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pH-dependent inhibition of voltage-gated H(+) currents in rat alveolar epithelial cells by Zn(2+) and other divalent cations.

Cherny VV, DeCoursey TE - J. Gen. Physiol. (1999)

Bottom Line: Zn(2+) effects on the proton chord conductance-voltage (g(H)-V) relationship indicated higher affinities, pK(a) 7 and pK(M) 8.CdCl(2) had similar effects as ZnCl(2) and competed with H(+), but had lower affinity.Zn(2+) applied internally via the pipette solution or to inside-out patches had comparatively small effects, but at high concentrations reduced H(+) currents and slowed channel closing.

View Article: PubMed Central - PubMed

Affiliation: Department of Molecular Biophysics, Rush Presbyterian St. Luke's Medical Center, Chicago, Illinois 60612, USA.

ABSTRACT
Inhibition by polyvalent cations is a defining characteristic of voltage-gated proton channels. The mechanism of this inhibition was studied in rat alveolar epithelial cells using tight-seal voltage clamp techniques. Metal concentrations were corrected for measured binding to buffers. Externally applied ZnCl(2) reduced the H(+) current, shifted the voltage-activation curve toward positive potentials, and slowed the turn-on of H(+) current upon depolarization more than could be accounted for by a simple voltage shift, with minimal effects on the closing rate. The effects of Zn(2+) were inconsistent with classical voltage-dependent block in which Zn(2+) binds within the membrane voltage field. Instead, Zn(2+) binds to superficial sites on the channel and modulates gating. The effects of extracellular Zn(2+) were strongly pH(o) dependent but were insensitive to pH(i), suggesting that protons and Zn(2+) compete for external sites on H(+) channels. The apparent potency of Zn(2+) in slowing activation was approximately 10x greater at pH(o) 7 than at pH(o) 6, and approximately 100x greater at pH(o) 6 than at pH(o) 5. The pH(o) dependence suggests that Zn(2+), not ZnOH(+), is the active species. Evidently, the Zn(2+) receptor is formed by multiple groups, protonation of any of which inhibits Zn(2+) binding. The external receptor bound H(+) and Zn(2+) with pK(a) 6.2-6.6 and pK(M) 6.5, as described by several models. Zn(2+) effects on the proton chord conductance-voltage (g(H)-V) relationship indicated higher affinities, pK(a) 7 and pK(M) 8. CdCl(2) had similar effects as ZnCl(2) and competed with H(+), but had lower affinity. Zn(2+) applied internally via the pipette solution or to inside-out patches had comparatively small effects, but at high concentrations reduced H(+) currents and slowed channel closing. Thus, external and internal zinc-binding sites are different. The external Zn(2+) receptor may be the same modulatory protonation site(s) at which pH(o) regulates H(+) channel gating.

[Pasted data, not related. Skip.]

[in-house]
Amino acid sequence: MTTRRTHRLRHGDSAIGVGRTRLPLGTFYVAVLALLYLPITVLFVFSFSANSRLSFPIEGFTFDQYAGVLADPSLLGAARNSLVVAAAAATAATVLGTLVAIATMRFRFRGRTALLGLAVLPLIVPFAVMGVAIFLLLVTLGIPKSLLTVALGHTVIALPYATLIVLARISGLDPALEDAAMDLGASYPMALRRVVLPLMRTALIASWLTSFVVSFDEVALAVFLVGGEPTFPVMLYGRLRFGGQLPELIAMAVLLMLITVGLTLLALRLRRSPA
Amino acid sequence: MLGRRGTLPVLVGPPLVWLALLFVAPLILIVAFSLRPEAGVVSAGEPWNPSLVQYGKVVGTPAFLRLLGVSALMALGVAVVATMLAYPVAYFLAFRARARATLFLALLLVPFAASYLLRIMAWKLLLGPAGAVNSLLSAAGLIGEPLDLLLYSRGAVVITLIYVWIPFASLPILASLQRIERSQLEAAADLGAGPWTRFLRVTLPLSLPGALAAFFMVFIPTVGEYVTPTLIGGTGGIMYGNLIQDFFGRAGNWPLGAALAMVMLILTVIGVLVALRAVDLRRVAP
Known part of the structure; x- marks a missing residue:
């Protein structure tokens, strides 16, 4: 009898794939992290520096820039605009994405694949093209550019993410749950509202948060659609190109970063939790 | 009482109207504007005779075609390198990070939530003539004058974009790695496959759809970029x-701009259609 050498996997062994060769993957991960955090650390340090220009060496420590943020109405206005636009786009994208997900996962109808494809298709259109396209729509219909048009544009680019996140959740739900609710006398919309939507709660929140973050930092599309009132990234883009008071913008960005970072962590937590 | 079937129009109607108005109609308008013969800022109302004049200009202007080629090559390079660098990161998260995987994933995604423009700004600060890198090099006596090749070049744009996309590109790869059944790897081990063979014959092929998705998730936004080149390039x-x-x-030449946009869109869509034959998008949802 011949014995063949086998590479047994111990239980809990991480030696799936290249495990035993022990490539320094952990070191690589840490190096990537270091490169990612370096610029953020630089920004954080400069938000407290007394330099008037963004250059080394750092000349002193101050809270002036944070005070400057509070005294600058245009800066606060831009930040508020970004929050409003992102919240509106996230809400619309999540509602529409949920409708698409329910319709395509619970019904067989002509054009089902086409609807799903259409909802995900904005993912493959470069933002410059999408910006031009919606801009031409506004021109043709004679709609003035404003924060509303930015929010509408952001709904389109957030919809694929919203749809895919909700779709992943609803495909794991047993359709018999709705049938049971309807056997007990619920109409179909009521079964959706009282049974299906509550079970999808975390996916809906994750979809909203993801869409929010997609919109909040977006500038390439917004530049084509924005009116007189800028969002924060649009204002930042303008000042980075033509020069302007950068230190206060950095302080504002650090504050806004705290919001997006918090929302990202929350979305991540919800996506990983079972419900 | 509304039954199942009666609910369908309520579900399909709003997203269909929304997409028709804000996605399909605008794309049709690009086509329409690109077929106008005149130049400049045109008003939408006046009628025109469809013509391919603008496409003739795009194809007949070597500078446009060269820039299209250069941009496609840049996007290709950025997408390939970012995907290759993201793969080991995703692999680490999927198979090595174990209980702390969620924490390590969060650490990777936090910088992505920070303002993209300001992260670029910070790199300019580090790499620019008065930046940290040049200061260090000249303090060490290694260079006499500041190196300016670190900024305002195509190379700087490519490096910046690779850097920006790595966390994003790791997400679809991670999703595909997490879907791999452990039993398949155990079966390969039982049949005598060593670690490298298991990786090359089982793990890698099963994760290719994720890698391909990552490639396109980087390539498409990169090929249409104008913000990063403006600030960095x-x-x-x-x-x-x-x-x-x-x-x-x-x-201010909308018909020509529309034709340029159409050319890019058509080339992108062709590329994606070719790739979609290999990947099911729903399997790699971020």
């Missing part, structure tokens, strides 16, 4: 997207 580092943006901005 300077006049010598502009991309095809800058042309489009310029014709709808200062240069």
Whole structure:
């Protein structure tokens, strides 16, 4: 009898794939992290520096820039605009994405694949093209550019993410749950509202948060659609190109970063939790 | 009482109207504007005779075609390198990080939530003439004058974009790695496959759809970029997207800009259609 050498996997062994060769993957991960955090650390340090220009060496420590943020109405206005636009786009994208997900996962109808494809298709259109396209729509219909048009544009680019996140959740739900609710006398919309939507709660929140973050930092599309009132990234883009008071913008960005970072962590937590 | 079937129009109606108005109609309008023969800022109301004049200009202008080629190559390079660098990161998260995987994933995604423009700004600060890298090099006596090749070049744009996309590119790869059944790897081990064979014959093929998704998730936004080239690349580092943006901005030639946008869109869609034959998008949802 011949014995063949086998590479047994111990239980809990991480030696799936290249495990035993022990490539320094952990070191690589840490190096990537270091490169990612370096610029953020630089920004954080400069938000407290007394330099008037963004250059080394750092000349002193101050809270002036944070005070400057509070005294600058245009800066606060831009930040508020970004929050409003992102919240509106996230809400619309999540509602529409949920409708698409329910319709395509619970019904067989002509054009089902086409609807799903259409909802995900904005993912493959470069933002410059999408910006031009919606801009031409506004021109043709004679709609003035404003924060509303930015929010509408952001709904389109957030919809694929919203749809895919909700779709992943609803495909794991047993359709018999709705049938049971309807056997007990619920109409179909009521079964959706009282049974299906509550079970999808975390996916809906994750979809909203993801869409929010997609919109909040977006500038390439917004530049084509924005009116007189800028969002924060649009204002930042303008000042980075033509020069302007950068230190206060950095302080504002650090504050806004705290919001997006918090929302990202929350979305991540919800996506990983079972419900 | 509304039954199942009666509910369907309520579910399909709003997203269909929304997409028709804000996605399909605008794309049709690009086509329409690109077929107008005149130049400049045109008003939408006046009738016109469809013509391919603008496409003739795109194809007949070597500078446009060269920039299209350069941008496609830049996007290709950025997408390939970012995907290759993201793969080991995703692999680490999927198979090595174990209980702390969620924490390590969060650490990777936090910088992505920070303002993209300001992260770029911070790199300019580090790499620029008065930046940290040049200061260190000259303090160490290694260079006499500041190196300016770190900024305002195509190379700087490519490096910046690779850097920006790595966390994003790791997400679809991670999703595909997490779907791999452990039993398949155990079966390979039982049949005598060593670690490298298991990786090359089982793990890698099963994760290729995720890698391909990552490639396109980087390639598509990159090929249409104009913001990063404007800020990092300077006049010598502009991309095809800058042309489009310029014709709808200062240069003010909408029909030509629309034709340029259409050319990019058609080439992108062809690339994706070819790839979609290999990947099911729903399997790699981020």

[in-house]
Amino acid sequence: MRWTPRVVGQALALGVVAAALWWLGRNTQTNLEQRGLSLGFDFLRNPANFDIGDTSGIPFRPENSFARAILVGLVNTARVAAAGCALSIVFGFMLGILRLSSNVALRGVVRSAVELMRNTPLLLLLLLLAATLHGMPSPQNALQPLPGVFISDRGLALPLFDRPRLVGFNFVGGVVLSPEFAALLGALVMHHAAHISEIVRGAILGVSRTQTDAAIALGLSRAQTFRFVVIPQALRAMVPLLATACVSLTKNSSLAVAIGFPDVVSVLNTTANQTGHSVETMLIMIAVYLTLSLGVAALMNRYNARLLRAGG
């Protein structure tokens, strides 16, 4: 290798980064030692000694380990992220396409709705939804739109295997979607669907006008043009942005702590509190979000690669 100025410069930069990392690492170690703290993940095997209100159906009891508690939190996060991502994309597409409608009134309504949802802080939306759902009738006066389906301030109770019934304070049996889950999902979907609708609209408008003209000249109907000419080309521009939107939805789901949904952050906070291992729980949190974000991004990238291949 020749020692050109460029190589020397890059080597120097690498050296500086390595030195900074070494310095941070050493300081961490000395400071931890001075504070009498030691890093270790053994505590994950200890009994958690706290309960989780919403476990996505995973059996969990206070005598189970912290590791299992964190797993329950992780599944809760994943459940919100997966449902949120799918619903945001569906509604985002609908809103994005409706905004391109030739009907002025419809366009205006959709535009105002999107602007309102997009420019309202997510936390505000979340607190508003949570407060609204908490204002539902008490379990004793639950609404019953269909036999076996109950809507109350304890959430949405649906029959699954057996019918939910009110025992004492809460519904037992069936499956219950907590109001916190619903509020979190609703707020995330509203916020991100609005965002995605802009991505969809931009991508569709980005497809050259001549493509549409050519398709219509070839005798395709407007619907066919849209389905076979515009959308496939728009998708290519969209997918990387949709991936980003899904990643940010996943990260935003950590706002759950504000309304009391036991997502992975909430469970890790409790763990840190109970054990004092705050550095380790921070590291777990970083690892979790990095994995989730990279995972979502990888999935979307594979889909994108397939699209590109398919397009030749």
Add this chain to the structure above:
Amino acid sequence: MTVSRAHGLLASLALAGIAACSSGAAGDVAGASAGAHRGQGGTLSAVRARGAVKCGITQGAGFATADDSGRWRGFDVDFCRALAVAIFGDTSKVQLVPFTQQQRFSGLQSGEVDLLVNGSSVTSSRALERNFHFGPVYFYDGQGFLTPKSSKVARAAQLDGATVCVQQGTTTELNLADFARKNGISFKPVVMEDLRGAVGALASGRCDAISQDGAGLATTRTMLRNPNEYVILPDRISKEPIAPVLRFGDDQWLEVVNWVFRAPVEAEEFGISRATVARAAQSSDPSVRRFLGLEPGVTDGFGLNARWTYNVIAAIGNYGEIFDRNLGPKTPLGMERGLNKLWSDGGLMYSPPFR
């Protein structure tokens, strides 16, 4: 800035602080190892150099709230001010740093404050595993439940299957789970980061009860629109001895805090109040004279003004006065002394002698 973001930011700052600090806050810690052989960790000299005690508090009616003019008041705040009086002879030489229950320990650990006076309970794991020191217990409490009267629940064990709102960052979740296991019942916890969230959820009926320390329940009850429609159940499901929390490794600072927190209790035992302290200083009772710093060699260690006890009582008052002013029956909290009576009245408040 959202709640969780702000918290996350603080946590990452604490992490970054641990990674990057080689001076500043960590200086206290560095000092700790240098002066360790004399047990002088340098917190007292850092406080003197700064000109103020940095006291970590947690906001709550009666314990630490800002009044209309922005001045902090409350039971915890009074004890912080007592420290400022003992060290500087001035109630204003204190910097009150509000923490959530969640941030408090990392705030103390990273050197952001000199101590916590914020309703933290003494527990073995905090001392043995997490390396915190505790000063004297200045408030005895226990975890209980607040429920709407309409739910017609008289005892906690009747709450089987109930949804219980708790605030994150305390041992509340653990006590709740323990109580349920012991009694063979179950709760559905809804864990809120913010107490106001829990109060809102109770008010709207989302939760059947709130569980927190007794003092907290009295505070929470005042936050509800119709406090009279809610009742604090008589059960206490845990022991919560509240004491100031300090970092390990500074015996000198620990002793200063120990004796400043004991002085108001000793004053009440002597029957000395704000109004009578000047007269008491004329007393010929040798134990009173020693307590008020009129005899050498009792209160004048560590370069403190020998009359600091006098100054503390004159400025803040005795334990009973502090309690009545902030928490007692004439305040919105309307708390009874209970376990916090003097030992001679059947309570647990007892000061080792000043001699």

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The shift in the voltage dependence of activation of the gH produced by ZnCl2 or CdCl2 depends strongly on pHo. Mean shift ± SD are plotted for two to seven determinations in each condition (91 total). Filled symbols connected by solid lines represent ZnCl2 and open symbols with dashed lines indicate CdCl2 measurements, and the numbers indicate pHo. The shift was estimated by plotting gH-V relationships and measuring the apparent voltage shift for comparable levels of gH. The estimate was made arbitrarily when gH was large enough to be reliably determined, but always at <50% of gH,max because any reduction in gH,max (which might have a different mechanism) would contaminate the measurement. ZnCl2 and CdCl2 concentrations have been corrected for buffer binding as described in Fig. 6. The calculated unbound fraction of CdCl2 was 0.672 at pHo 7 and 0.626 at pHo 6. Because pHi had no detectable effect on externally applied metals (Fig. 6), we combined results here for pHi 5.5 and 6.5. For all data at pHo 8.0, pHi was 6.5, measurements at pHo 7 and 6 include both pHi 5.5 and 6.5, and for all data at pHo 5.5 or 5.0, pHi was 5.5.